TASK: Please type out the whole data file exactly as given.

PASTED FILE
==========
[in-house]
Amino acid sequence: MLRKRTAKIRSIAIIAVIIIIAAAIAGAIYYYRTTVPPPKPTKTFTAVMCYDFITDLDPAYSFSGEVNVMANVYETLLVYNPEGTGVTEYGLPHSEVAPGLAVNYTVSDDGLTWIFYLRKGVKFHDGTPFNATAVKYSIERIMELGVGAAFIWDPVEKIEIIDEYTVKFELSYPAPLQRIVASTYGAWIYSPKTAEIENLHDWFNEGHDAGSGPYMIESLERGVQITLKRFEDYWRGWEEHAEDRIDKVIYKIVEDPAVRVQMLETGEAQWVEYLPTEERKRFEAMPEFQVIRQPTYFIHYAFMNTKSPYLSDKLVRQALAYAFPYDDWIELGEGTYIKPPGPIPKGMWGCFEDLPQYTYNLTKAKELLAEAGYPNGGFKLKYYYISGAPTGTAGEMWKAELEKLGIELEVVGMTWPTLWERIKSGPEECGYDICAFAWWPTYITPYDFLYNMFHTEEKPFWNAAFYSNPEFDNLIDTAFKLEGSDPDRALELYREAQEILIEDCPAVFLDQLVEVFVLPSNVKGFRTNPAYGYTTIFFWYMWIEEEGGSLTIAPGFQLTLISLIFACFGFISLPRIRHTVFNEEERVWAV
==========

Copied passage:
[in-house]
Amino acid sequence: MLRKRTAKIRSIAIIAVIIIIAAAIAGAIYYYRTTVPPPKPTKTFTAVMCYDFITDLDPAYSFSGEVNVMANVYETLLVYNPEGTGVTEYGLPHSEVAPGLAVNYTVSDDGLTWIFYLRKGVKFHDGTPFNATAVKYSIERIMELGVGAAFIWDPVEKIEIIDEYTVKFELSYPAPLQRIVASTYGAWIYSPKTAEIENLHDWFNEGHDAGSGPYMIESLERGVQITLKRFEDYWRGWEEHAEDRIDKVIYKIVEDPAVRVQMLETGEAQWVEYLPTEERKRFEAMPEFQVIRQPTYFIHYAFMNTKSPYLSDKLVRQALAYAFPYDDWIELGEGTYIKPPGPIPKGMWGCFEDLPQYTYNLTKAKELLAEAGYPNGGFKLKYYYISGAPTGTAGEMWKAELEKLGIELEVVGMTWPTLWERIKSGPEECGYDICAFAWWPTYITPYDFLYNMFHTEEKPFWNAAFYSNPEFDNLIDTAFKLEGSDPDRALELYREAQEILIEDCPAVFLDQLVEVFVLPSNVKGFRTNPAYGYTTIFFWYMWIEEEGGSLTIAPGFQLTLISLIFACFGFISLPRIRHTVFNEEERVWAV